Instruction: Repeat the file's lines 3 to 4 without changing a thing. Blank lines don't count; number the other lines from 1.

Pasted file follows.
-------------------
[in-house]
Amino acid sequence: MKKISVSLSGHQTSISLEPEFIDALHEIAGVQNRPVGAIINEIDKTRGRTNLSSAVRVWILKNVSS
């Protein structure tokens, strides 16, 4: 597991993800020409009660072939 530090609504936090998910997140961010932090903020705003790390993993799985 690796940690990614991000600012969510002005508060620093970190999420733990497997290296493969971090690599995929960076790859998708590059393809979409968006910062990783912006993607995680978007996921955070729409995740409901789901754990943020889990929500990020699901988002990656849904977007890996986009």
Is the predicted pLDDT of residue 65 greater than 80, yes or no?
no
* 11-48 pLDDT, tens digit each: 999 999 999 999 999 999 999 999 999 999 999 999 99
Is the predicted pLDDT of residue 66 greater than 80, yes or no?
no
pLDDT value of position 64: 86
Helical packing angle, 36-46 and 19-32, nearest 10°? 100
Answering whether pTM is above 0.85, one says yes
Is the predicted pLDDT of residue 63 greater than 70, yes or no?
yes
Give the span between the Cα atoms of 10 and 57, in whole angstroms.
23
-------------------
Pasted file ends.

């Protein structure tokens, strides 16, 4: 597991993800020409009660072939 530090609504936090998910997140961010932090903020705003790390993993799985 690796940690990614991000600012969510002005508060620093970190999420733990497997290296493969971090690599995929960076790859998708590059393809979409968006910062990783912006993607995680978007996921955070729409995740409901789901754990943020889990929500990020699901988002990656849904977007890996986009």
Is the predicted pLDDT of residue 65 greater than 80, yes or no?